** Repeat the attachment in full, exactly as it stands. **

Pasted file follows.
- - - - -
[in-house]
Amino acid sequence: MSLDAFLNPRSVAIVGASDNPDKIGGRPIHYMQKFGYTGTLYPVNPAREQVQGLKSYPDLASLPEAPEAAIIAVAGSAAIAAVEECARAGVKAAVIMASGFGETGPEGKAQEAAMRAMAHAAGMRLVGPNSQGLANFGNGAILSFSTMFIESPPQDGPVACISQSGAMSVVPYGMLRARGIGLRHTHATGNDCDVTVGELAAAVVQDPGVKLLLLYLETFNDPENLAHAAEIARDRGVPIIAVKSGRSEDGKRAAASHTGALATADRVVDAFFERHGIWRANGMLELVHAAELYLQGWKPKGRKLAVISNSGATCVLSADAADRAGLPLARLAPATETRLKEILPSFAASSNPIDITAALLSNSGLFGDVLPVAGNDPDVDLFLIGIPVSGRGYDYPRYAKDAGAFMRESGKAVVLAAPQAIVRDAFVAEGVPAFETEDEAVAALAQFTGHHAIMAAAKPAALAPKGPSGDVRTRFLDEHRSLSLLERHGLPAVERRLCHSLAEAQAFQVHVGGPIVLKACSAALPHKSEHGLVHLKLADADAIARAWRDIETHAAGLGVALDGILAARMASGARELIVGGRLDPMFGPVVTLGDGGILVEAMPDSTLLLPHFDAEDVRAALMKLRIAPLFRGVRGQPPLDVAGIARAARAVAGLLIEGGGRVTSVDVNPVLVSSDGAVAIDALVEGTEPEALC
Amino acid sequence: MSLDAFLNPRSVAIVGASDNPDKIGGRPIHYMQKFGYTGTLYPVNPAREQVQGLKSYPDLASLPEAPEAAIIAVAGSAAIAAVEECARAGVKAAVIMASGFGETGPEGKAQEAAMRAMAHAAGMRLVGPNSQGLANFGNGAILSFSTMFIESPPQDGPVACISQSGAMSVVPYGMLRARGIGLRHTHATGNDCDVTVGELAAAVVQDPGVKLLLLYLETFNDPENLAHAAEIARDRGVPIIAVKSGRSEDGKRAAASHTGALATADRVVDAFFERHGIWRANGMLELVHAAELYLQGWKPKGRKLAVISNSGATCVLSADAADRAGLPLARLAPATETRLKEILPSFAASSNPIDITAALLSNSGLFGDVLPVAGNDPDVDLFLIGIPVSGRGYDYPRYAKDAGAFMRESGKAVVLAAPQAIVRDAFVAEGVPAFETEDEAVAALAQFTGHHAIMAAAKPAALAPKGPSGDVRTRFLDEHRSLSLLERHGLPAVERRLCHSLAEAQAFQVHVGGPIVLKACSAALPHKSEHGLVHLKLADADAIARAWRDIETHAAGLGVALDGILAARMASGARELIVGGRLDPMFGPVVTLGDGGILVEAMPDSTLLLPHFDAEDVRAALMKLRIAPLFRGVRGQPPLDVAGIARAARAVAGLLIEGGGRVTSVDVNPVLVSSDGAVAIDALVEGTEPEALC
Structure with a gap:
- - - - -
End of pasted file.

[in-house]
Amino acid sequence: MSLDAFLNPRSVAIVGASDNPDKIGGRPIHYMQKFGYTGTLYPVNPAREQVQGLKSYPDLASLPEAPEAAIIAVAGSAAIAAVEECARAGVKAAVIMASGFGETGPEGKAQEAAMRAMAHAAGMRLVGPNSQGLANFGNGAILSFSTMFIESPPQDGPVACISQSGAMSVVPYGMLRARGIGLRHTHATGNDCDVTVGELAAAVVQDPGVKLLLLYLETFNDPENLAHAAEIARDRGVPIIAVKSGRSEDGKRAAASHTGALATADRVVDAFFERHGIWRANGMLELVHAAELYLQGWKPKGRKLAVISNSGATCVLSADAADRAGLPLARLAPATETRLKEILPSFAASSNPIDITAALLSNSGLFGDVLPVAGNDPDVDLFLIGIPVSGRGYDYPRYAKDAGAFMRESGKAVVLAAPQAIVRDAFVAEGVPAFETEDEAVAALAQFTGHHAIMAAAKPAALAPKGPSGDVRTRFLDEHRSLSLLERHGLPAVERRLCHSLAEAQAFQVHVGGPIVLKACSAALPHKSEHGLVHLKLADADAIARAWRDIETHAAGLGVALDGILAARMASGARELIVGGRLDPMFGPVVTLGDGGILVEAMPDSTLLLPHFDAEDVRAALMKLRIAPLFRGVRGQPPLDVAGIARAARAVAGLLIEGGGRVTSVDVNPVLVSSDGAVAIDALVEGTEPEALC
Amino acid sequence: MSLDAFLNPRSVAIVGASDNPDKIGGRPIHYMQKFGYTGTLYPVNPAREQVQGLKSYPDLASLPEAPEAAIIAVAGSAAIAAVEECARAGVKAAVIMASGFGETGPEGKAQEAAMRAMAHAAGMRLVGPNSQGLANFGNGAILSFSTMFIESPPQDGPVACISQSGAMSVVPYGMLRARGIGLRHTHATGNDCDVTVGELAAAVVQDPGVKLLLLYLETFNDPENLAHAAEIARDRGVPIIAVKSGRSEDGKRAAASHTGALATADRVVDAFFERHGIWRANGMLELVHAAELYLQGWKPKGRKLAVISNSGATCVLSADAADRAGLPLARLAPATETRLKEILPSFAASSNPIDITAALLSNSGLFGDVLPVAGNDPDVDLFLIGIPVSGRGYDYPRYAKDAGAFMRESGKAVVLAAPQAIVRDAFVAEGVPAFETEDEAVAALAQFTGHHAIMAAAKPAALAPKGPSGDVRTRFLDEHRSLSLLERHGLPAVERRLCHSLAEAQAFQVHVGGPIVLKACSAALPHKSEHGLVHLKLADADAIARAWRDIETHAAGLGVALDGILAARMASGARELIVGGRLDPMFGPVVTLGDGGILVEAMPDSTLLLPHFDAEDVRAALMKLRIAPLFRGVRGQPPLDVAGIARAARAVAGLLIEGGGRVTSVDVNPVLVSSDGAVAIDALVEGTEPEALC
Structure with a gap: